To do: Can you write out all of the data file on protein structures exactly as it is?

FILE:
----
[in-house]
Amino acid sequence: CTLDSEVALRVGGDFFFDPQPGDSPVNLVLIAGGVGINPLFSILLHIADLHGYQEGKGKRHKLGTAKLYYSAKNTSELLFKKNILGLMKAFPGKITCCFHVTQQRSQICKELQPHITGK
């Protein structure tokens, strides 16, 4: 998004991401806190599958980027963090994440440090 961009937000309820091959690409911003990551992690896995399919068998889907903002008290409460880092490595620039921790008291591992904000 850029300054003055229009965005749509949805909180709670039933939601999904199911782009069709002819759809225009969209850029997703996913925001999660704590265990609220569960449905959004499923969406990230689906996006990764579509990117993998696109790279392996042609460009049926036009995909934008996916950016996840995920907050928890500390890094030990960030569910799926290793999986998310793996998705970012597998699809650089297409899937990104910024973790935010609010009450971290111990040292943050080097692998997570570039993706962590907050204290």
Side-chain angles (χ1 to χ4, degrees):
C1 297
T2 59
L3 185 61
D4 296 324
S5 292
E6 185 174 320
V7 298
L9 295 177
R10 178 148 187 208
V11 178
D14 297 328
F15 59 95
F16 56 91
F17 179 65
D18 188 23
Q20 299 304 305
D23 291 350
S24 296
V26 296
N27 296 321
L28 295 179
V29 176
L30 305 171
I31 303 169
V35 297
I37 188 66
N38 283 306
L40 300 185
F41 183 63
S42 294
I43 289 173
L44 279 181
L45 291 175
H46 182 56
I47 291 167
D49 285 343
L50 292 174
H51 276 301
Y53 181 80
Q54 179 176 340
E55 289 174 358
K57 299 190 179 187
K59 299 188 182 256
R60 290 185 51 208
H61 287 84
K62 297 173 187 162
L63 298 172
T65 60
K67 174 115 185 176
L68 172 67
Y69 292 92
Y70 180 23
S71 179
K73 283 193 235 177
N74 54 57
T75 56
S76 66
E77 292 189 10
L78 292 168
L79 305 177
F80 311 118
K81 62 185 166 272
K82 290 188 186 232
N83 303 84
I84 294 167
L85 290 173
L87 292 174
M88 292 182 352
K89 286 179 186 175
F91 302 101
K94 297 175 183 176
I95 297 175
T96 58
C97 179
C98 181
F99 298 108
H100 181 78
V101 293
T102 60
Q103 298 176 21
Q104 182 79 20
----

[in-house]
Amino acid sequence: CTLDSEVALRVGGDFFFDPQPGDSPVNLVLIAGGVGINPLFSILLHIADLHGYQEGKGKRHKLGTAKLYYSAKNTSELLFKKNILGLMKAFPGKITCCFHVTQQRSQICKELQPHITGK
């Protein structure tokens, strides 16, 4: 998004991401806190599958980027963090994440440090 961009937000309820091959690409911003990551992690896995399919068998889907903002008290409460880092490595620039921790008291591992904000 850029300054003055229009965005749509949805909180709670039933939601999904199911782009069709002819759809225009969209850029997703996913925001999660704590265990609220569960449905959004499923969406990230689906996006990764579509990117993998696109790279392996042609460009049926036009995909934008996916950016996840995920907050928890500390890094030990960030569910799926290793999986998310793996998705970012597998699809650089297409899937990104910024973790935010609010009450971290111990040292943050080097692998997570570039993706962590907050204290």
Side-chain angles (χ1 to χ4, degrees):
C1 297
T2 59
L3 185 61
D4 296 324
S5 292
E6 185 174 320
V7 298
L9 295 177
R10 178 148 187 208
V11 178
D14 297 328
F15 59 95
F16 56 91
F17 179 65
D18 188 23
Q20 299 304 305
D23 291 350
S24 296
V26 296
N27 296 321
L28 295 179
V29 176
L30 305 171
I31 303 169
V35 297
I37 188 66
N38 283 306
L40 300 185
F41 183 63
S42 294
I43 289 173
L44 279 181
L45 291 175
H46 182 56
I47 291 167
D49 285 343
L50 292 174
H51 276 301
Y53 181 80
Q54 179 176 340
E55 289 174 358
K57 299 190 179 187
K59 299 188 182 256
R60 290 185 51 208
H61 287 84
K62 297 173 187 162
L63 298 172
T65 60
K67 174 115 185 176
L68 172 67
Y69 292 92
Y70 180 23
S71 179
K73 283 193 235 177
N74 54 57
T75 56
S76 66
E77 292 189 10
L78 292 168
L79 305 177
F80 311 118
K81 62 185 166 272
K82 290 188 186 232
N83 303 84
I84 294 167
L85 290 173
L87 292 174
M88 292 182 352
K89 286 179 186 175
F91 302 101
K94 297 175 183 176
I95 297 175
T96 58
C97 179
C98 181
F99 298 108
H100 181 78
V101 293
T102 60
Q103 298 176 21
Q104 182 79 20